First published in Trinidad Express here
Former Senate president Wahid Ali died on Saturday 9th August 2008 of a massive heart attack,
Ali was ailing for some time. In 1996 he was diagnosed with a paralysing disease known as Guillain-Barré Syndrome.
He served as Senate President from 1971 to 1986. A recipient of the Trinity Cross, Trinidad and Tobago’s highest honour, Dr Ali was awarded the Clinical Prize in Surgery and the title Distinguished Graduate, UWI, 1998.
He was the first recipient of the Sir Thomas Taylor Award, as well as a Gold Medallist for Public Service by the Vishva Hindu Parishad. He was also the first President of the Inter-Religious Organisation.
Dr Wahid Ali was deeply perturbed about what he considered to be the desecration of T&T’s parliamentary system, his successor Michael Williams said.
So concerned was he, Williams said, Ali had called on him and former speaker of the House of Representatives Nizam Mohammed to sign a letter condemning “some of the activities in the Parliament”.
“He was getting annoyed and he had broached the idea to us,” Williams said in a brief interview with the Trinidad and Tobago Guardian, shortly after Ali’s funeral service, which was held at his home at Sweet Briar Road in St Clair yesterday.
The Trinity Cross recipient had recently turned 80.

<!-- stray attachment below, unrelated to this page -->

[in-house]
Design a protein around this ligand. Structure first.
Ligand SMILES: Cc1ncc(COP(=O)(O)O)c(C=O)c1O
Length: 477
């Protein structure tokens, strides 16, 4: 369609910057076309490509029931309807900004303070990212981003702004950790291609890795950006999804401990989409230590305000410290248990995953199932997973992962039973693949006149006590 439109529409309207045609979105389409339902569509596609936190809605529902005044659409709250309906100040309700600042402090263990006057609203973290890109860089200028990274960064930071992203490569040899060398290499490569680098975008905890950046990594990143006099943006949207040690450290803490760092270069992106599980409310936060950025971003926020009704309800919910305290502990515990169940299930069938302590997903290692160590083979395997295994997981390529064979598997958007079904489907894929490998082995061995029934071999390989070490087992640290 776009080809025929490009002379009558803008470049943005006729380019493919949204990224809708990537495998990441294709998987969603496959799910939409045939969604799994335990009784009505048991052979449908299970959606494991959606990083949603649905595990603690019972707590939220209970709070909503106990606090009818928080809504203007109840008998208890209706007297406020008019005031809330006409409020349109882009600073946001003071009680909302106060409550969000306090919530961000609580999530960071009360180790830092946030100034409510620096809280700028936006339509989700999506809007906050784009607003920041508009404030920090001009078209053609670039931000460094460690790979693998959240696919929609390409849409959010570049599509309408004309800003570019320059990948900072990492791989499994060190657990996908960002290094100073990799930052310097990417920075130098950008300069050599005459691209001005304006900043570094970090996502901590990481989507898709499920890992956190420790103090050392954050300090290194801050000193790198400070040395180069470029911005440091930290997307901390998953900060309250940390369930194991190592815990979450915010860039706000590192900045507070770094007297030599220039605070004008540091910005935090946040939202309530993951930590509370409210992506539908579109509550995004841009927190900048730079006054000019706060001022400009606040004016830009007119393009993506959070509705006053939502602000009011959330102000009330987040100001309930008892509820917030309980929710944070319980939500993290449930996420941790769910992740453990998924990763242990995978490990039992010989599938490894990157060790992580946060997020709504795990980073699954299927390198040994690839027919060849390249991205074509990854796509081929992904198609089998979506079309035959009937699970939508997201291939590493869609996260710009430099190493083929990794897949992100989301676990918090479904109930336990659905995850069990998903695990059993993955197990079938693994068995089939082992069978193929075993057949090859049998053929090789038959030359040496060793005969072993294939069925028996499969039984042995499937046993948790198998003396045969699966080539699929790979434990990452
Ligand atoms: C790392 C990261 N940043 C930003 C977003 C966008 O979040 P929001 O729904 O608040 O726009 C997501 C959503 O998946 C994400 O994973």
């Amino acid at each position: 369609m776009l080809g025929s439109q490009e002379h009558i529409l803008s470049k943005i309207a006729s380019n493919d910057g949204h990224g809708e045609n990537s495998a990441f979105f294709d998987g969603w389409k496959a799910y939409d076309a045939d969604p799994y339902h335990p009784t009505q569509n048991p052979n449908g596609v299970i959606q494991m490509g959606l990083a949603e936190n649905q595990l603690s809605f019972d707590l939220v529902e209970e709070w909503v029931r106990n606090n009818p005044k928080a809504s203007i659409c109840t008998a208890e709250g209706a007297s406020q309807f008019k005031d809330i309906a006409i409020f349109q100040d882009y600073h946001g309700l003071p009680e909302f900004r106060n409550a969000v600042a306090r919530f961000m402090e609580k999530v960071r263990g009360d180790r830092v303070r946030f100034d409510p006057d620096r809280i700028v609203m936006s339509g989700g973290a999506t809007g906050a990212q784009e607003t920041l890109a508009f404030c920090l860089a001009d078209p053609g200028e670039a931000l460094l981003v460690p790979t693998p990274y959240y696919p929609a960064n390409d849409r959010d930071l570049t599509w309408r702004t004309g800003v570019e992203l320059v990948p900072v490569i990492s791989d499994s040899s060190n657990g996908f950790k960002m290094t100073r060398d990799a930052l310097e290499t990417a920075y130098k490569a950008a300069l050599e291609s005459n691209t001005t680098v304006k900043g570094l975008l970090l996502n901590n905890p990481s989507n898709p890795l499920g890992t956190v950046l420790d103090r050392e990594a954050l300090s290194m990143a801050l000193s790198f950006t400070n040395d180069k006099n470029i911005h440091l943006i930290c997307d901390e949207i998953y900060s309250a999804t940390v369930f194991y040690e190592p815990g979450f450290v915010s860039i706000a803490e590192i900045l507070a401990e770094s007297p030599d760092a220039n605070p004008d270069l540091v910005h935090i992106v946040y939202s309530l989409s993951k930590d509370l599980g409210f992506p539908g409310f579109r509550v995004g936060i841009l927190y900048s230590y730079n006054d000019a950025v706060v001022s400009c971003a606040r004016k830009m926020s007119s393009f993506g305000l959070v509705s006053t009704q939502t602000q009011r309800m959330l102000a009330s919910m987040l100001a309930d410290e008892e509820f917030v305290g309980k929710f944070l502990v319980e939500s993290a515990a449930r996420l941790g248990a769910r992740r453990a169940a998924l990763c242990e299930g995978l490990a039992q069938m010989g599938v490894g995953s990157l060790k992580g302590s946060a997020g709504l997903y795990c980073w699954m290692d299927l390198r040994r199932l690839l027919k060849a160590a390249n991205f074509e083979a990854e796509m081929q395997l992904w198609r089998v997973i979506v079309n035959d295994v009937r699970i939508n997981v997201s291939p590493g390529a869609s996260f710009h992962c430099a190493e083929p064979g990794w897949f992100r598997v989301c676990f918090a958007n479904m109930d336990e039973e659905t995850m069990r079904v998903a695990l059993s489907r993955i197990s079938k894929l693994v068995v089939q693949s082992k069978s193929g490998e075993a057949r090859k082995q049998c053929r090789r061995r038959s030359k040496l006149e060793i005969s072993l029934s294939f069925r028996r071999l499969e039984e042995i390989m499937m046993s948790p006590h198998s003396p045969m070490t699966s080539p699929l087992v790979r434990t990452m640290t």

Williams said he enjoyed a warm relationship with Ali and had spoken to him about a week ago.
“He was always more than happy to explain parliamentary procedure,” Williams said, recalling the helping hand he often received from Ali, after assuming office.
“My only regret is that he withdrew from public life.”
Earlier, during the simple Muslim service, Williams was among a slew of dignitaries, who joined family and friends to celebrate the life of a man affectionately called “Papa” because of his humility and down-to-earth demeanour.
“He was a patriot, a true gentlemen, who set high standards for the national community and we can all build on that foundation,” said The Rev Cyril Paul, former president of the Inter-Religious Organisation.
Paul said Ali would always be remembered for his pioneering work as the first president of the IRO.
“He used to call me from time to time whenever I made a comment about national life,” Paul recalled.
But Ali’s contribution to T&T was not limited to politics.
He was also a medical practitioner and pharmacist, who served as an outspoken former vice-president and secretary and of the Anjuman Sunnat-ul-Jamaat Association.
Ali was laid to rest at the El Socorro cemetery.